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Unformatted text preview: 682 Chapter 22 Interphase Transport in Nonisothermal Mixtures The Chilton—Colburn j—factors, one for heat transfer and one for diffusion, are deﬁned as1 from ‘ mRePr} ,3 " pﬁ—é Um T (22.343)
1 Shloc kaoc ( I“ )2"Ira a, = —'—— = 22. .
ID" ReScU3 w“ £793.43 ( 3 24) The threeway analogy in Eq. 22.322 is accurate for Pr and Sc near unity (see Table
12.4—1) within the limitations mentioned after Eq. 22.3«17. For flow around other objects,
the friction factor part of the analogy is not valid because of the form drag, and even for
flow in circular tubes the analogy with é f},3c is only approximate (see §14.4). The ChiltonColburn Analogy The more widely applicable empirical analogy
jg. = jD = a function of Re, geometry, and boundary conditions (22325) has proven to be useful for tranSverse flow around cylinders, flow through packed beds,
and ﬂow in tubes at high Reynolds numbers. For flow in ducts and packed beds, the
"approach velocityf’ so, has to be replaced by the interstitial velocity or the superﬁcial ve
locity. Equation 22.325 is the usual form of the Chilton—Coltrane analogy. It is evident
from Eqs. 22.320 and 21, however, that the analogy is valid for flow around spheres
only when Nu and Sh are replaced by (Nu w 2) and (Sh — 2). It would be very misleading to leave the impression that all mass transfer coefﬁ
cients can be obtained from the analogous heat transfer coefficient correlations. For mass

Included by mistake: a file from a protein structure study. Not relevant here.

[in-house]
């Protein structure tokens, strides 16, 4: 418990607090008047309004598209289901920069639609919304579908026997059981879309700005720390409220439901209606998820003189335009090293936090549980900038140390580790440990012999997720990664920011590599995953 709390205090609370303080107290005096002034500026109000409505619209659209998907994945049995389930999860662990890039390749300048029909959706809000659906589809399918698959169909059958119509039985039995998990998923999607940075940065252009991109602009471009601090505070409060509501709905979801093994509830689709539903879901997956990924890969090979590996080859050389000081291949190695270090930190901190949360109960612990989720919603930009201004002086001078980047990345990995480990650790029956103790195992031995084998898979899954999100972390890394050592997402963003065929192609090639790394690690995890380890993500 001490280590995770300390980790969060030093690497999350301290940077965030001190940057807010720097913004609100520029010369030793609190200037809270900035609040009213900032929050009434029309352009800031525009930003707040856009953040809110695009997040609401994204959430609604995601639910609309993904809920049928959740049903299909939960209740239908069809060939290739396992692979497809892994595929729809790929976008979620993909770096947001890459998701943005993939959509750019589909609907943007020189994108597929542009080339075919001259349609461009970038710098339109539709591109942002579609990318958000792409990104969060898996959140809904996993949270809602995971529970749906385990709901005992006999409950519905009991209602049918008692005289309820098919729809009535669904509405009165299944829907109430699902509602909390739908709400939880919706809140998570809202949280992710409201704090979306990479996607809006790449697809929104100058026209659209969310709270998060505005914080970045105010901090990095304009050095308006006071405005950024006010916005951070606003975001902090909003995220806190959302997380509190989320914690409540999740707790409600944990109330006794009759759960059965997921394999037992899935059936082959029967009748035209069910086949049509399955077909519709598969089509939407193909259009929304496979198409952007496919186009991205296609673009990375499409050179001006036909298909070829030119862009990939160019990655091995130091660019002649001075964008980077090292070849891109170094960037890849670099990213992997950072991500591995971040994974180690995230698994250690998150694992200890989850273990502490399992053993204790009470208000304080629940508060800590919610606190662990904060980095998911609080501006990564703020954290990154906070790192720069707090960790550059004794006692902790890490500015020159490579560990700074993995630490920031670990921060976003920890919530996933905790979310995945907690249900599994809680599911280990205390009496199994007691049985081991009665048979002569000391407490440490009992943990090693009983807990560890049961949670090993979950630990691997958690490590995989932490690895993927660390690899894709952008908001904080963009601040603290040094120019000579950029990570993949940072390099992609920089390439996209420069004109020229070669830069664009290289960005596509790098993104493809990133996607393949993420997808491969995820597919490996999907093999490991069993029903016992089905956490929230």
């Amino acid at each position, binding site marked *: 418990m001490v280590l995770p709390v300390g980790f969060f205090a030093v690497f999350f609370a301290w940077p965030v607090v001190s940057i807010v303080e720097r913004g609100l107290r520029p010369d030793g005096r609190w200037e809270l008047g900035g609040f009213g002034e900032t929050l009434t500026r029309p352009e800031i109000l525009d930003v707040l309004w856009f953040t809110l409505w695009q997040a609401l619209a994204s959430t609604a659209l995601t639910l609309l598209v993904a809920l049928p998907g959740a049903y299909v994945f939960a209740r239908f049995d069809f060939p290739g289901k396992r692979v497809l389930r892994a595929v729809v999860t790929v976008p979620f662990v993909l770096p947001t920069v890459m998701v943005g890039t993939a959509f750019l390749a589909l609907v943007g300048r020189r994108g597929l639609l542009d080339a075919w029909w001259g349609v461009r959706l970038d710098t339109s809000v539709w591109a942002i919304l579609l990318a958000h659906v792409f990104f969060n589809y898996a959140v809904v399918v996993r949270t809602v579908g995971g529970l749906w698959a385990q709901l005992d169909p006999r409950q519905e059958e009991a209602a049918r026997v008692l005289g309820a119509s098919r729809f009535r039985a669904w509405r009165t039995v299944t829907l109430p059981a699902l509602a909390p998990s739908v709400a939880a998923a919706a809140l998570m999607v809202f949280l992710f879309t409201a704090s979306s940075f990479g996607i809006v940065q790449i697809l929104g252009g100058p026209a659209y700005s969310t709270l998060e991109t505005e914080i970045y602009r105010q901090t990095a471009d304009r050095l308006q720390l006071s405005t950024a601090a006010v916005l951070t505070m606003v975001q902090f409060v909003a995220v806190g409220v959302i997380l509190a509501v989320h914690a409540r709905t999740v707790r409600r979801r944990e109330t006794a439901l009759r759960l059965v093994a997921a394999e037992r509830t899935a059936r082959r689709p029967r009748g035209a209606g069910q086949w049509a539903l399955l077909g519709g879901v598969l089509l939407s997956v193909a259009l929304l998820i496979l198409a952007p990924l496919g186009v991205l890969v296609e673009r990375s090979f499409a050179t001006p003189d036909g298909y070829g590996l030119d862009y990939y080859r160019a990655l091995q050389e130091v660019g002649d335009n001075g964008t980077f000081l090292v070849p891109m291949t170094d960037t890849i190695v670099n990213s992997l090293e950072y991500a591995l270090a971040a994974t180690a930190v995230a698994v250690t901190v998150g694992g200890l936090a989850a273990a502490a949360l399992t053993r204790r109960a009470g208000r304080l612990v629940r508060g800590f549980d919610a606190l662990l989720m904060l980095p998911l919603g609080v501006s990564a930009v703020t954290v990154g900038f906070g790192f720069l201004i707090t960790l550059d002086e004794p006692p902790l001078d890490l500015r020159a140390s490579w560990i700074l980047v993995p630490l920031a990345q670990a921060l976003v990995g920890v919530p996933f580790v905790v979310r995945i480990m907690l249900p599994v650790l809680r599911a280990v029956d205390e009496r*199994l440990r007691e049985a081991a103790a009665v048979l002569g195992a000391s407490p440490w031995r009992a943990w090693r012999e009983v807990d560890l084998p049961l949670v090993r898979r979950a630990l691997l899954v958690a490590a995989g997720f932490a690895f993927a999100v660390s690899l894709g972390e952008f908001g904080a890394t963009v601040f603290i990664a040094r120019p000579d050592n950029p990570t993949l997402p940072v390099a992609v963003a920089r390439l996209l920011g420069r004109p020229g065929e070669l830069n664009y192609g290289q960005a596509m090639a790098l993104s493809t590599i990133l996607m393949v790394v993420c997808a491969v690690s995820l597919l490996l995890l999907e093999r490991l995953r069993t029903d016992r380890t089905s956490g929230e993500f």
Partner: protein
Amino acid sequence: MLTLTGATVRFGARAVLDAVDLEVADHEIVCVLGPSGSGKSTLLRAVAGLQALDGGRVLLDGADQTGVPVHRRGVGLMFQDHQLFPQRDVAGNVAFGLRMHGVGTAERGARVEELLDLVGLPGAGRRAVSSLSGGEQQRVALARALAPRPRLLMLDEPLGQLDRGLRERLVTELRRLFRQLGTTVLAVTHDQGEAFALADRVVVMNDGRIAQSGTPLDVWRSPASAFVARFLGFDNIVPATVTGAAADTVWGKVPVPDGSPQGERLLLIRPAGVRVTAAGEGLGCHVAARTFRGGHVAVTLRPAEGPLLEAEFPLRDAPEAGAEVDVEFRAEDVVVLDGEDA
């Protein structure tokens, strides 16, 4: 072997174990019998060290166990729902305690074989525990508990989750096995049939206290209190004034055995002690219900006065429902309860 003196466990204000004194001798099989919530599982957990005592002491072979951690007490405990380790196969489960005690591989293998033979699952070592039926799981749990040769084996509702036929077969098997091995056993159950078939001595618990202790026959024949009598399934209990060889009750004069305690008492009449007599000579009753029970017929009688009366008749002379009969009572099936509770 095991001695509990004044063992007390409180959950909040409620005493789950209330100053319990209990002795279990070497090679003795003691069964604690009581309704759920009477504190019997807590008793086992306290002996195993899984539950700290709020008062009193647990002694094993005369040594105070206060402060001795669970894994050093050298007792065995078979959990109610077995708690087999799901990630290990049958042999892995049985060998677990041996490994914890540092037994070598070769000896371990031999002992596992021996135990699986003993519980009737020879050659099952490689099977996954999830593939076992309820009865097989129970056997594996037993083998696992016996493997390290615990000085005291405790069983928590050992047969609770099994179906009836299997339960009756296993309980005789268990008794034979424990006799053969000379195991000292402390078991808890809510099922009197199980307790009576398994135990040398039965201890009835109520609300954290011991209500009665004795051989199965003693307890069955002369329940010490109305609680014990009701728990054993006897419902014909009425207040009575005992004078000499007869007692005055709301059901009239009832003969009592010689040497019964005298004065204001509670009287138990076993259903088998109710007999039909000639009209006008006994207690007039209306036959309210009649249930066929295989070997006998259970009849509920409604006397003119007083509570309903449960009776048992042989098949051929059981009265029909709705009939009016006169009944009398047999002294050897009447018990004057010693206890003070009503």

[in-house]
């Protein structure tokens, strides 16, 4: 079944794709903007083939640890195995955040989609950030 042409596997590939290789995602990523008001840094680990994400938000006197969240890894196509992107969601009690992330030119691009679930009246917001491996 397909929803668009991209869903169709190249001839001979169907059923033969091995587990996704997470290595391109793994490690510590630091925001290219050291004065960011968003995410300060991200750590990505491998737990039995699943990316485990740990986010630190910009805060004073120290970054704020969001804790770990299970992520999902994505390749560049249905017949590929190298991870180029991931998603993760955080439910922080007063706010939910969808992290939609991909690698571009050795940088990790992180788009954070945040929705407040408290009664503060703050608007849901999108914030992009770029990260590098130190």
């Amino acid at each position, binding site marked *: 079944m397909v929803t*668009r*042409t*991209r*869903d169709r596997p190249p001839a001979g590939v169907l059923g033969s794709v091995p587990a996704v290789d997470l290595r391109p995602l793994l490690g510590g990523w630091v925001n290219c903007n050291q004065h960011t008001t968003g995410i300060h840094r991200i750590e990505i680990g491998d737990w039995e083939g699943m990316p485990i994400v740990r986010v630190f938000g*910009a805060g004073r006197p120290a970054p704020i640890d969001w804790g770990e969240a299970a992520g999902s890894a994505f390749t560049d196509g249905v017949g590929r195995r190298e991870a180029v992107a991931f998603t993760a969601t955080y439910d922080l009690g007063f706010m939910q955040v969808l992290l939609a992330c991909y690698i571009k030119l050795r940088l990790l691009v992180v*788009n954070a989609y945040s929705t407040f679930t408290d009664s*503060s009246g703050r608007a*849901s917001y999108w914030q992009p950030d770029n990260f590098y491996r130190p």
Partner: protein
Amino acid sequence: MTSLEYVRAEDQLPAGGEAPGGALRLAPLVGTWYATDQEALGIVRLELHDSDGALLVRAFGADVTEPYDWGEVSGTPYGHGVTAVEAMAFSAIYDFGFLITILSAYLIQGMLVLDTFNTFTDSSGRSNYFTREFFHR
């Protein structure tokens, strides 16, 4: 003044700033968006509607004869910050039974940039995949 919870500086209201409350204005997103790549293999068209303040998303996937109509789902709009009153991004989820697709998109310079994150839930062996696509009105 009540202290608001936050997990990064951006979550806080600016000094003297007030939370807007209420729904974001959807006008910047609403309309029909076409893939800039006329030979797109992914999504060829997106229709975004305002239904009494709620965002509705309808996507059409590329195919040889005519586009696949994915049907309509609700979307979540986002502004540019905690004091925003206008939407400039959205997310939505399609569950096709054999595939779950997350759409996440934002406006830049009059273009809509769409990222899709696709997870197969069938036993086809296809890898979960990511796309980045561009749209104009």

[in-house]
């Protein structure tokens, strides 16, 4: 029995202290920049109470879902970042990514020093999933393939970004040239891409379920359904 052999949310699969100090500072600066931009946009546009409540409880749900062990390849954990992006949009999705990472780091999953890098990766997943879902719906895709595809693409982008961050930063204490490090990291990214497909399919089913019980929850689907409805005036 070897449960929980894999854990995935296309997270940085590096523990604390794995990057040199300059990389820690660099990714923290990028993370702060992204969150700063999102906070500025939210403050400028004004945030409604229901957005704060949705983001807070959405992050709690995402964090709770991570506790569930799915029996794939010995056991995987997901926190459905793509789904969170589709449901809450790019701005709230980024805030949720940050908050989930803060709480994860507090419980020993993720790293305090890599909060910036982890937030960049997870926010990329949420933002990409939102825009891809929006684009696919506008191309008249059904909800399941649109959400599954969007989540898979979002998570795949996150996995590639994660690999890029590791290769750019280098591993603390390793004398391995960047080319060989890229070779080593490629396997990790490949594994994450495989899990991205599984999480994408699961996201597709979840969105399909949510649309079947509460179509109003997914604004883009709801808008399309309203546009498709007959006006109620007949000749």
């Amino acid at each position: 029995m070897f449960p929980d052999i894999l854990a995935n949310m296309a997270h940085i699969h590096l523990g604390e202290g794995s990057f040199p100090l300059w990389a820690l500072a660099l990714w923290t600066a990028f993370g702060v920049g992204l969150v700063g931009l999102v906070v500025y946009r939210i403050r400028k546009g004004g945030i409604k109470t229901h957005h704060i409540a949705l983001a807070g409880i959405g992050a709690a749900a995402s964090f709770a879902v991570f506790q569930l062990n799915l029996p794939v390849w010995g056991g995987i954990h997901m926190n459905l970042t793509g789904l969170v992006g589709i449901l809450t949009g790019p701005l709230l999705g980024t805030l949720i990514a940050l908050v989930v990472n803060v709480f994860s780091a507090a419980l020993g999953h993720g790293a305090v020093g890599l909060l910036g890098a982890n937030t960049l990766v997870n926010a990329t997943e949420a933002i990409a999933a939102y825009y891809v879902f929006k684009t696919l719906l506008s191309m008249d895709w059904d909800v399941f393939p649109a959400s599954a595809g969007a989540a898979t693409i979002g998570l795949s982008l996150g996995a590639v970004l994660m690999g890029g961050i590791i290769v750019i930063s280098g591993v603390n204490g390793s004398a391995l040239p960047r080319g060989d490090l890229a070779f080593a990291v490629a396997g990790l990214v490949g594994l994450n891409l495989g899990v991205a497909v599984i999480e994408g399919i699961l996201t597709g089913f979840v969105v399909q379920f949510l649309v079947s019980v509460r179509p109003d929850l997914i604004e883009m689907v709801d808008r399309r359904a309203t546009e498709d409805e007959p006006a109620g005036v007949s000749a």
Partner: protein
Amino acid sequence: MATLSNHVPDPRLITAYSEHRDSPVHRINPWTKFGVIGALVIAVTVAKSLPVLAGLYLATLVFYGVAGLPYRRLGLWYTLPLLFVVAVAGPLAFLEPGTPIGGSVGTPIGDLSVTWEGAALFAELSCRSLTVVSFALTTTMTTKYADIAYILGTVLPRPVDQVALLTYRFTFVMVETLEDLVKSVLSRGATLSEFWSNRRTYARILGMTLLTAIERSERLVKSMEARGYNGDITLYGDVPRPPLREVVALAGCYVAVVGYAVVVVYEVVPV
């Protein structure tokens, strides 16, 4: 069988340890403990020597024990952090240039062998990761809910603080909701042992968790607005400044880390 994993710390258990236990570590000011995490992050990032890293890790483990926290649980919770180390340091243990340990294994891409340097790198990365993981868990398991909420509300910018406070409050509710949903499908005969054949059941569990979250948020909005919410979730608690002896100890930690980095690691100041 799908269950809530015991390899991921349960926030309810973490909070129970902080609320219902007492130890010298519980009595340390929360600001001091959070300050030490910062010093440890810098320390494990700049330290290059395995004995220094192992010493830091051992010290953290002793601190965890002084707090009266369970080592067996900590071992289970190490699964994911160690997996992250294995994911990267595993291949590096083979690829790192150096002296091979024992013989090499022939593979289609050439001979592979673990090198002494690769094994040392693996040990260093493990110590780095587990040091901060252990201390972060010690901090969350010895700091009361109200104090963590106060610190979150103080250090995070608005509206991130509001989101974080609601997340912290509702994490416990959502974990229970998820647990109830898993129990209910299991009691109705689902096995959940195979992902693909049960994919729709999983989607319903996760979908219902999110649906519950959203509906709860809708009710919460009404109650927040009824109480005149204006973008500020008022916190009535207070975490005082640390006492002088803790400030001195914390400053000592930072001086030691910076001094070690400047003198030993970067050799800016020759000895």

transfer we encounter a much wider variety of boundary conditions and other ranges of
the relevant variables. Non—analogous behavior is addressed in §§22.58. A spherical drop of water, 0.05 cm in diameter, is falling at a velocity of 215 cm/s through
_ dry, still air at 1 arm pressure with no internal circulation. Estimate the instantaneous rate of
Evaporatm” from ‘1 evaporation from the drop, when the drop surface is at T0 = 70°F and the air (far from the
Fred?! Falling Drop drop) is at T3, = 140°F. The vapor pressure of water at 70°F is 0.0247 arm. Assume quasi—
steady state conditions. SOLUTION Designate water as species A and air as species B. The solubility of air in water may be ne
glected, so that W30 = 0. Then assuming that the evaporation rate is small, we may write Eq.
22.1—3 for the entire spherical surface as Wm = kmlerz) M (223226) The mean mass transfer coefﬁcient, k,,,,, may be predicted from Eq. 2253—21 in the assumed ab ; sence of internal circulation. The film conditions needed for estimating the physical properties are obtained as
i follows:
r,=§(r,,+ n.) =§(70+140) =105°F (22327)
x,,, = gm, + x“) = §(o.0247 + 0) = 0.0124 (22.328) 1T. H. Chilton and A. l". Colburn, Ind. Eng. Chem, 26, 1183—1187 (1934). §22.3 Correlation of Binary Transfer Coefﬁcients in One Phase 681 If we can neglect the heat production by viscous dissipation in Eq. 115—9 and if there
is no production of A by chemical reaction as in Eq. 19.511, then the differential equa